The Hunt

Discussion in 'Tall Tales & Fabrications' started by Bill Boggs, Jul 31, 2017.

  1. Bill Boggs

    Bill Boggs Very Well-Known Member
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    Many years ago, living in Texas, I would occasionally go hunting with a family member in Colorado. He had a large property west of Colorado Springs and he had built a small cabin that would accommodate four hunters at a time. If you went with him you walked a half mile up hill from where you had to park your vehicle. He wouldn’t allow one closer to the cabin. You could only take what you packed in. Hunting with this relative, you hunted game by walking, slipping up on an elk or a deer as close as you could get with out spooking the animal. You could walk all day and not get a decent shot, one that a hunter would take. You needed to be both a good shot with whatever weapon you were carrying and a pretty good stalker if you wanted to bring home the bacon, as it were. That’s the way I grew up hunting. And I have hunted black tail in the Marfa and Ft Davis areas of Texas the same way. So I remember the first time a couple of friends took me out to check their feeders in the Texas white tail countryside. They put out corn and other feeds before deer season so the deer would walk up to the feeders and eat and they kept checking and restocking the feed troughs so the deer would keep coming back and therefore would keep feeding from those troughs well into deer season. I didn’t know hunters did this and I didn’t know they built blinds as close to the feeders as they could get them so they could get a direct, pointblank shot as the deer fed. After going out with them and listening to their conversations, I wrote this poem. It’s just a poem and doesn’t reflect my thinking, on guns or hunting, merely my thinking on blinds and feeders. It would be a different if we needed these animals for food but we don’t. This could as easily be about big boy’s toys. It’s just a poem, of sorts.


    The Hunt

    Sportsmen on a hunt for small white-tailed
    deer, big rough men, sporting tattoos, hunting
    knives, thirty-ought-sixes with scopes, nine
    millimeter side arms, and big men’s boots with
    long sleeved shirts and expensive wrist
    watches wearing big hats and give-me caps.
    Capable men herding four-wheel drive pickup
    trucks and SUVs down winding, dusty ranch
    roads to blinds set up close to feeding troughs,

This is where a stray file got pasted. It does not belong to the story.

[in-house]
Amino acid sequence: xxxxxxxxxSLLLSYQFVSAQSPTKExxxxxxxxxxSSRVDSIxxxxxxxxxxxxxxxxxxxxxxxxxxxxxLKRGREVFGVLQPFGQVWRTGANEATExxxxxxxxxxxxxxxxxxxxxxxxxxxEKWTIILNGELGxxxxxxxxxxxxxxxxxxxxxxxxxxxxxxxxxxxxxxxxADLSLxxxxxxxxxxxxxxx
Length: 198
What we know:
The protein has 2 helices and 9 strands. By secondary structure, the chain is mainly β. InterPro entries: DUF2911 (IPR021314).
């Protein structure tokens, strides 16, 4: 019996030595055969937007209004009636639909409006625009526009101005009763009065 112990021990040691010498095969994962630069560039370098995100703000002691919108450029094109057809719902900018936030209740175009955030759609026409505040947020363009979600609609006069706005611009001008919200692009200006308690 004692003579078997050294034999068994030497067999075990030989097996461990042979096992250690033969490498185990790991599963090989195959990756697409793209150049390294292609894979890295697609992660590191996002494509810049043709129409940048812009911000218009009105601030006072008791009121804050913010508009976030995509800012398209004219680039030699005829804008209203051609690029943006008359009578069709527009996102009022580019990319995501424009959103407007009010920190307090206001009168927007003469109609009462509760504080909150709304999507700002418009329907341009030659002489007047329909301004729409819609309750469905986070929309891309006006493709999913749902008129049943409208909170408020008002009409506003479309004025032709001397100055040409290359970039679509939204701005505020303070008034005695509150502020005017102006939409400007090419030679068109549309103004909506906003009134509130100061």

death camps for timid deer who come quiet and
    unsuspecting to feed on pellets when hunters
    hid in blinds wait in ambush at point blank range
    for their helpless prey.

    Afterwards men brag of skill and exceptional
    shots as they rehash their endurance of hardship
    and patience in cold weather, under stress as
    they haul their gutted kill to lockers to be
    turned into sausage and roasts before heading
    home to celebrate the holidays and good cheer
    with family and friends over big meals of
    turkey and dressing with cranberry sauce and
    all the trimmings of a bountiful harvest.


    Men who unwrap and show off new rifles and shotguns
    dropped off by Santa on his quest to bring Christmas
    joy and happiness to children everywhere.

    Sportsmen

    ready to defend the Constitution
    the Second Amendment
    And next year’s kill of white tailed deer
    lead unknowing to their Christmas slaughter.
     
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    Shirley Martin and Chris Ladewig like this.
  2. Shirley Martin

    Shirley Martin Veteran Member
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    My grandson-in-law hunts deer. They eat what they kill so I guess it is justified. He brought me a roast and I wrapped it in foil with some beef fat that I got from the grocery store. It was good. My son used to hunt but he quit. Around here, some hunters hunt with dogs. They let the dogs out at one area and the dogs chase the deer through the woods to where the hunters wait. To me, that is worse than a still kill. Plus, a deer that is chased has a bad taste. It gets some kind of hormones stirred up in their blood.

    But I still wish somebody had shot that one that ran out in front of my car a couple of weeks ago and did almost $4000 worth of damage.
     
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  3. Bill Boggs

    Bill Boggs Very Well-Known Member
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    Me, too. That was tough luck.
     
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